The Rangers of Virunga is a photo essay by world renowed photographer Brent Stirton taken in Congo. This magnificent photo doc is a microcosm of what is going on throughout the continent. His essay catalogues the issues Africa faces with the environment, aid, humanitarian and refugee crisis, deforestation, wildlife protection, religion and more.
VIRUNGA NATIONAL PARK, EASTERN DEMOCRATIC REPUBLIC OF CONGO, JULY 2007:
On the 23 July 2007 the largest massacre of seriously endangered primates in recent years occurred in Virunga National Park in the Eastern Democratic Republic of Congo. A Silver-Back Alpha male, “Senkekwe,” the leader of the group was brutally assassinated, shot 5 times as he beat his chest while trying to defend his family. Three females were also shot, one of them partially burnt in a mysterious act of sadism. One of the females had a young 3 month-old baby and the other was heavily pregnant. The baby was later found and despite severe stress and dehydration, it survives in captivity today but can never return to the bush. The body of yet another female mountain gorilla was found a few days after the initial discovery. The Congolese Conservation Authority Rangers moving amongst this gruesome discovery were quiet, no-one spoke, when they did it was only to voice deep anger. As someone who has covered African conflict for a long time it was one of the most sobering experiences I have ever had amongst African men. This attack was an assault not only on a critically endangered species but also on the identity of these rangers, who see themselves and their entire reason for being as inextricably interwoven in the care of these gorillas.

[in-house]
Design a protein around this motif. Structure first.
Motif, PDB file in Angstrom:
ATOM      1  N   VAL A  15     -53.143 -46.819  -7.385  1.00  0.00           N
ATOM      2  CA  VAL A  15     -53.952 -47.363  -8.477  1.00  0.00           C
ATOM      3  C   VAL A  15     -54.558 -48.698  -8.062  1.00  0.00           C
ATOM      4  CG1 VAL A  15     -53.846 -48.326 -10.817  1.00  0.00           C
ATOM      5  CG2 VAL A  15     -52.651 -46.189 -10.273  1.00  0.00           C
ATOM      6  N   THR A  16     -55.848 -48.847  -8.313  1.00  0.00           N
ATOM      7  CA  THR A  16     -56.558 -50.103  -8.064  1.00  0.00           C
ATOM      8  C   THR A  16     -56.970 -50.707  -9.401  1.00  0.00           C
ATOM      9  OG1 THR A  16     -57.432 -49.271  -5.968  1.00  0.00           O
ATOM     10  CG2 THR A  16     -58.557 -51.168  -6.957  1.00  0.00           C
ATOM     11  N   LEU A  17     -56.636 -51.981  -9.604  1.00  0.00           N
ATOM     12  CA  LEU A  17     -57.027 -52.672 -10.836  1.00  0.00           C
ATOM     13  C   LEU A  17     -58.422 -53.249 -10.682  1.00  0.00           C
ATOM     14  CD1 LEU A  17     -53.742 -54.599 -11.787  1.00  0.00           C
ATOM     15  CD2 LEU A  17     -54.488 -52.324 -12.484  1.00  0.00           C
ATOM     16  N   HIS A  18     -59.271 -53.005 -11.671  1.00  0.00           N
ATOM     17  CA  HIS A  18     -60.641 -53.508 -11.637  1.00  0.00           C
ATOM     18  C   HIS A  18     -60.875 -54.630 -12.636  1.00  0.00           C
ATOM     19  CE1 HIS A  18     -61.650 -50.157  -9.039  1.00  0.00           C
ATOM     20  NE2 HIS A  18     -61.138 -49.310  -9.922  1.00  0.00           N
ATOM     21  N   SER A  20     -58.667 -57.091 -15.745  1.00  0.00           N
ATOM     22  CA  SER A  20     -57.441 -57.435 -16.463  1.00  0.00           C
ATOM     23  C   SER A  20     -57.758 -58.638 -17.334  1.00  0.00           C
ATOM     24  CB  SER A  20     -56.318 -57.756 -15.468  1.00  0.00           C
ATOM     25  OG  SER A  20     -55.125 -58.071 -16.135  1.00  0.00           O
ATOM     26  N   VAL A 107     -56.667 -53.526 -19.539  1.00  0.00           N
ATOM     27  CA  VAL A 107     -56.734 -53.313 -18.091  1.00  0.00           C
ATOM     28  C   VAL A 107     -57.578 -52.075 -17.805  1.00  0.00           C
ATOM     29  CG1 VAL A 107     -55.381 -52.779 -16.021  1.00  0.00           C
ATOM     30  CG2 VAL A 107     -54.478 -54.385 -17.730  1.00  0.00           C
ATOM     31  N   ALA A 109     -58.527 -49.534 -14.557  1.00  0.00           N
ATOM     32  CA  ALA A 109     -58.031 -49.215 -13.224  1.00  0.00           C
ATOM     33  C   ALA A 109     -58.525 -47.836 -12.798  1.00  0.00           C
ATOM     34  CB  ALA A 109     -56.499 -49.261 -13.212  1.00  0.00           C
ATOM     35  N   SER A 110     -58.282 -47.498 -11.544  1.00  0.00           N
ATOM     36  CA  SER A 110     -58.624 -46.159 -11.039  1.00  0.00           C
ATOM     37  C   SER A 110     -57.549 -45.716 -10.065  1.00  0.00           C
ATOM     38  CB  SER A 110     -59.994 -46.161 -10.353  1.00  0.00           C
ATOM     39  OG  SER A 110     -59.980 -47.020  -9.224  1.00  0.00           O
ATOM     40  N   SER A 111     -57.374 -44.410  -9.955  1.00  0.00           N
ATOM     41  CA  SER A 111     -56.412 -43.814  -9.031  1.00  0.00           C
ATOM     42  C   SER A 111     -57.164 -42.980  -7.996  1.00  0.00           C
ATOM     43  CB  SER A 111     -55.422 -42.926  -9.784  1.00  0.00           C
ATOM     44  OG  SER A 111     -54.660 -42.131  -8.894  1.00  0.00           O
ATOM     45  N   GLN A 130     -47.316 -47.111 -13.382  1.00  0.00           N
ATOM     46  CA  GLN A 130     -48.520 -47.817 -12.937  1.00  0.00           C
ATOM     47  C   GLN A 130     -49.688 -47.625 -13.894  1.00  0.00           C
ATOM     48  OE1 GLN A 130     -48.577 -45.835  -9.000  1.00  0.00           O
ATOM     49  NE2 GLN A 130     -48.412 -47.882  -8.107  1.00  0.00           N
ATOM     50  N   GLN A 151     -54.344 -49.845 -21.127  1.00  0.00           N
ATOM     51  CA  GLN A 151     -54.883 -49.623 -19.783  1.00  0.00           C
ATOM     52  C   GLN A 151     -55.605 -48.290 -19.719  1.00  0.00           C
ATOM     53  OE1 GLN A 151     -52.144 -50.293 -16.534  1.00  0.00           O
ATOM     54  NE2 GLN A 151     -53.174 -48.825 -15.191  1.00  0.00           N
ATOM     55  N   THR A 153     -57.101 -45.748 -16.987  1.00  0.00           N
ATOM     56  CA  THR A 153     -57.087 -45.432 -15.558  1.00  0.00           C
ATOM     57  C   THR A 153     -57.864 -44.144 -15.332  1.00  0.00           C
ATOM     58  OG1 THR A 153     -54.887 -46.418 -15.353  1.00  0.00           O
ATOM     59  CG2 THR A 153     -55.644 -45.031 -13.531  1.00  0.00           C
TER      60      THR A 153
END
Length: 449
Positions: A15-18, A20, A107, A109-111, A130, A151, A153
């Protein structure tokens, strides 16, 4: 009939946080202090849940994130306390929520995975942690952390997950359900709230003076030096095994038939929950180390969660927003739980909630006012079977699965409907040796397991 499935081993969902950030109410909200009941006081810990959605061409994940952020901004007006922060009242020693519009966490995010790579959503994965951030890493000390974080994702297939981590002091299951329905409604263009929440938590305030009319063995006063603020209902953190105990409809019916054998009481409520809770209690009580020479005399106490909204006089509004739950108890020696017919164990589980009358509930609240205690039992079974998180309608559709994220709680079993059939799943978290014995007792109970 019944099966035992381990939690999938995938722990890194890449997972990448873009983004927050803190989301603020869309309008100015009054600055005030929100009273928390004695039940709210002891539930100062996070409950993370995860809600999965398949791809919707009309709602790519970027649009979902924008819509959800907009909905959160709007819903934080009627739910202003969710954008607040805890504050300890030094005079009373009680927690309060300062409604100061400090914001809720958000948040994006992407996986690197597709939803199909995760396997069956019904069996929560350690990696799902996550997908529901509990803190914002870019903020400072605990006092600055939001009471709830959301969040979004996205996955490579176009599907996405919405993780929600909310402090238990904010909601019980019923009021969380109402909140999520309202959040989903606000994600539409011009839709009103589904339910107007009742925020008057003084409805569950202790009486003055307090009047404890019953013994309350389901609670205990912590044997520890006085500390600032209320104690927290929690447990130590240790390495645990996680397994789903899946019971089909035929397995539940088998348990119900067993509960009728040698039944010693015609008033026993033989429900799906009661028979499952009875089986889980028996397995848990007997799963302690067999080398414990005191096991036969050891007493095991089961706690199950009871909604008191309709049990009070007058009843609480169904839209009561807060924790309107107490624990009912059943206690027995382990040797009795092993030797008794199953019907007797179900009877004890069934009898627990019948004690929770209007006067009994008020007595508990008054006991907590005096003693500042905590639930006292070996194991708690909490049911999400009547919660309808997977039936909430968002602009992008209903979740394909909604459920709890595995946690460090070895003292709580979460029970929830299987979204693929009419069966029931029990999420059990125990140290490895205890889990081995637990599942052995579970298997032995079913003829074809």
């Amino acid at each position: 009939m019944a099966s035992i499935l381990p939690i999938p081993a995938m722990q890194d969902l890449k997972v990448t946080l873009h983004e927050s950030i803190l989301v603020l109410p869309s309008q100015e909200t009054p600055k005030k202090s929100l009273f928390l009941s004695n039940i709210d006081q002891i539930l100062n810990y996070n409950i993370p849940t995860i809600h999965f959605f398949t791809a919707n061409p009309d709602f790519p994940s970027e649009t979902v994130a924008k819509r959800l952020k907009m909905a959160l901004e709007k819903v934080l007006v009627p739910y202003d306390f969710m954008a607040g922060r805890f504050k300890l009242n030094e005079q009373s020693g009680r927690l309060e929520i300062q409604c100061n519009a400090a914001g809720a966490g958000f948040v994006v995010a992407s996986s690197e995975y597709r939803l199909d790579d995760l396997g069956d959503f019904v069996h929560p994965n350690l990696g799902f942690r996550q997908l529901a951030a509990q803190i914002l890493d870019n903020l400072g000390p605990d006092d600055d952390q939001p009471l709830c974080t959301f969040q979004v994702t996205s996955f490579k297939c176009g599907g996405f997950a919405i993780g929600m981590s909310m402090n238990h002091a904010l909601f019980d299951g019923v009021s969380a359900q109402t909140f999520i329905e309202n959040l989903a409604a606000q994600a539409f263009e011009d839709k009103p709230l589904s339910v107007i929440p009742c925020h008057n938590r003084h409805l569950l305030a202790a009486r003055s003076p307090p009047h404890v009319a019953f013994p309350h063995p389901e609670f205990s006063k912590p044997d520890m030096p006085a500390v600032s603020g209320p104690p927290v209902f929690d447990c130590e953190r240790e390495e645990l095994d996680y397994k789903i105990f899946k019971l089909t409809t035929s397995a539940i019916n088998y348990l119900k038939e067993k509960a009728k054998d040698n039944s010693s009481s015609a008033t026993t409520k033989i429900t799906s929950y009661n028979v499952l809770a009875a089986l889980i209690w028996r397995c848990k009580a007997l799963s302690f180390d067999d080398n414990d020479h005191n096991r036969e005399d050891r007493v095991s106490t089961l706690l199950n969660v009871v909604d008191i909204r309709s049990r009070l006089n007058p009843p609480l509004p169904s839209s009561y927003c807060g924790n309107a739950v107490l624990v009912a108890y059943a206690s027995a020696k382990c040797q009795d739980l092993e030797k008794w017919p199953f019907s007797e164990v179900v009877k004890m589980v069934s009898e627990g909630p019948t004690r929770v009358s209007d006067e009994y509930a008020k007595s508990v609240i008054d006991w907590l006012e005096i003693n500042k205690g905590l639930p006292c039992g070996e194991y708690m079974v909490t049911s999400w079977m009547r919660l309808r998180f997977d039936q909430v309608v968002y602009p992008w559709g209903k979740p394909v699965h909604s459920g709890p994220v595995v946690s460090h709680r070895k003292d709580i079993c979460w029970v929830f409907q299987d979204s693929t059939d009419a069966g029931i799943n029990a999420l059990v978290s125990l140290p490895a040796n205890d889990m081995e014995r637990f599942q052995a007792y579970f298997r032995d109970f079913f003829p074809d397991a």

At the time the motivations for the killings were not entirely clear, but subsequent investigations conducted by a galvanized ICCN (Congolese Conservation Authority,) point to a connection to the illegal charcoal production industry operating in Virunga National Park. It appears that these killings were a statement of power, a warning from the Charcoal businessmen designed to put the struggling conservation authorities in their place and have them back down in their attempt to derail the illegal charcoal industry in Virunga National Park.
Its’ complex but it’s important to make the connection here: – read more.